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  • Last updated: October 2020 This dataset represents the spatial extent of prescribed burns planned for ignition and associated mechanical and vegetation works on Public Land in Victoria and some CFA burns. This data is prepared annually for prescribed burns planned for the immediate three-year period. This dataset is now the joint fuel management plan and now includes the CFA burns as well as VicForest coupe burns.

  • Vicmap Imagery represents a suite of statewide aerial photography and satellite image products. The satellite imagey datasets are statewide Landsat 7 products. Datasets in the series are listed below. See their metadata entries for more detailed metadata. 2001 SPOT Panchromatic/Monochromatic - Vicmap Imagery (Satellite) (SPOTP- 2001VI10); Satellite Image Colour Mosaic (30 metre pixel) - Vicmap Imagery (Satellite) (TM7-2000VI30); Satellite Image Colour Mosaic (300 metre pixel) - Vicmap Imagery (Satellite) (TM7-2000VI300); Satellite Images Individual Scenes (30 metre pixel) - Vicmap Imagery (Satellite) (LANDSAT7ETM+);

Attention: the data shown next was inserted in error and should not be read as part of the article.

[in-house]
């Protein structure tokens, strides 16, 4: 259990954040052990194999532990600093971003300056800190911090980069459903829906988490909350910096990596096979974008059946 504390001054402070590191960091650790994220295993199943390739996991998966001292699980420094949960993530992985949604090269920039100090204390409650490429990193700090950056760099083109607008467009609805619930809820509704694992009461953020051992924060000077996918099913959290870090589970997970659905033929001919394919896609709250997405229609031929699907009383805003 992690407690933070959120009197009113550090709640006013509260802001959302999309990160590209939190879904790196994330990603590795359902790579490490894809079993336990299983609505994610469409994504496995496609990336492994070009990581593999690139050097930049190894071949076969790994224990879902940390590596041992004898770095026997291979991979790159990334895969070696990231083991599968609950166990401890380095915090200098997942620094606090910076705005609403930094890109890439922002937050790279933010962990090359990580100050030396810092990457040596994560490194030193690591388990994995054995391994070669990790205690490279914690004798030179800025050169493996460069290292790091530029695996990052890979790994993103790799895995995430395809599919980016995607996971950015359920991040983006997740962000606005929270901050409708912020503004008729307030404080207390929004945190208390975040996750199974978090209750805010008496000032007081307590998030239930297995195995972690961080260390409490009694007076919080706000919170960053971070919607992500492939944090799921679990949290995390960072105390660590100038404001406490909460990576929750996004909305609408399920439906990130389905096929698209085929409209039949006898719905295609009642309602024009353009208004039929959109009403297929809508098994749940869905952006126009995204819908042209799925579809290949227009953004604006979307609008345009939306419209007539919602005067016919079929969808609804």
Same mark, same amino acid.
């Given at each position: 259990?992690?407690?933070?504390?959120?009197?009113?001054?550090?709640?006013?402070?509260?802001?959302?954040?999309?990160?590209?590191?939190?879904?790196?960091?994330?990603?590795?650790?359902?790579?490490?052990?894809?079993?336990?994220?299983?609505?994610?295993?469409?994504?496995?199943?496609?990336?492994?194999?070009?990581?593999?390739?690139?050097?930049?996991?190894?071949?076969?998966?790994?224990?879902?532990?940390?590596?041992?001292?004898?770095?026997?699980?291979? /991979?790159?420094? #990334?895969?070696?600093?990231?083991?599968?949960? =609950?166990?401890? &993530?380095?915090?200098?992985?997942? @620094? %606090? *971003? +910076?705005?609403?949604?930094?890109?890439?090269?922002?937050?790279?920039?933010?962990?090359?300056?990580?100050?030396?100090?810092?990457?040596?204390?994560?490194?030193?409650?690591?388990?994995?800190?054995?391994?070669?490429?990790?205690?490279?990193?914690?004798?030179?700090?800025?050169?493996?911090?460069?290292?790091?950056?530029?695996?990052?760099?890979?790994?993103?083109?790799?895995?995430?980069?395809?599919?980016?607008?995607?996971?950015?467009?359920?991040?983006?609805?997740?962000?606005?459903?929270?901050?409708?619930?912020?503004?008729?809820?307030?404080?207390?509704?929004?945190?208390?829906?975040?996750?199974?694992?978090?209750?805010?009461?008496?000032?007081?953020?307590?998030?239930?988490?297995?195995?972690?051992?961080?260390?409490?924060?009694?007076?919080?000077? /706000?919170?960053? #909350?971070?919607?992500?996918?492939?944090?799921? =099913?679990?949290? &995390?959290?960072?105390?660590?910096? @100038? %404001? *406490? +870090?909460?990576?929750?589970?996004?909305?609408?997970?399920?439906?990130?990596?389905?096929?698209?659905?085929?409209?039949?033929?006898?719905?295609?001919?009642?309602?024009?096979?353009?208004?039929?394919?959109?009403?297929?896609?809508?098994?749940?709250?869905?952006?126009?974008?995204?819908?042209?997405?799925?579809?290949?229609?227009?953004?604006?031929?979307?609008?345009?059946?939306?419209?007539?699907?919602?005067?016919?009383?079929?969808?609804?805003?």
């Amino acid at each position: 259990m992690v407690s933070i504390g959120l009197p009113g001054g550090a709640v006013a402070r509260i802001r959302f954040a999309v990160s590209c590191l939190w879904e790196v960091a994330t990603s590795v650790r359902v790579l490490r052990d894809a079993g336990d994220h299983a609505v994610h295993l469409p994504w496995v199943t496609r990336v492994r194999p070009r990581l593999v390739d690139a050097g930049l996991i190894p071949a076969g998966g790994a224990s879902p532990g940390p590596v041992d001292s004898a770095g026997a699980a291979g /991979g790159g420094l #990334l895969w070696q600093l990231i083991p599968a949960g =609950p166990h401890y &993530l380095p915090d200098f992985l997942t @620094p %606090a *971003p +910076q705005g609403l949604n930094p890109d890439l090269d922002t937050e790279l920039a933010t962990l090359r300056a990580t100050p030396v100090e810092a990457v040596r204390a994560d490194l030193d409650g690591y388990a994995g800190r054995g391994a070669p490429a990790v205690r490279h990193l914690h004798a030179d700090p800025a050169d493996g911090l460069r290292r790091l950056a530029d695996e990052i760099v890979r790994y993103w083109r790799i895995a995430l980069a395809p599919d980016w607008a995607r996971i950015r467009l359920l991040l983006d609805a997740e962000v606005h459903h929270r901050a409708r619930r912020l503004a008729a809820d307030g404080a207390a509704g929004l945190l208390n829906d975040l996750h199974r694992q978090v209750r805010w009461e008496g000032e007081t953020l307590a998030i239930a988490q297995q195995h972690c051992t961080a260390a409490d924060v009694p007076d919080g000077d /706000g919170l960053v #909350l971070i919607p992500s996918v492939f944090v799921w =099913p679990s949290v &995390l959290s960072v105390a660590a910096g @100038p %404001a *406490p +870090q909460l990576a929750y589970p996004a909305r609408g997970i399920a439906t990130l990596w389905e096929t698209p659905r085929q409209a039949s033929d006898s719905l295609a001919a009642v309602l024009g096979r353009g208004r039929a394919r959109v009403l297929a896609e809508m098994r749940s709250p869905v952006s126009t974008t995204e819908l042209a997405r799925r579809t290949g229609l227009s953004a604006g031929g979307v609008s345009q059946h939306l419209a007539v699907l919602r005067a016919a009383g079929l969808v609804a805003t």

• Polygon layer contains DELWP Land and Fire District Boundaries used for Forest and Fire Management operations.

  • This dataset is created by sketching in the current burnt area from field data and linescan data. This data is updated every time the area of the fire is updated during an incident.The area is captured in the incident mapping system eMap.The final fire shape is then combined with the planned burn area data to create the FIRE_HISTORY dataset. This data includes both FFMVIC and CFA fires. . The layer will support fire prevention and suppression activities of DSE, and will be used to generate the FIRE100_{year} fire history datasets. This layer is the source of disturbance datasets used in the analysis of old-growth forest.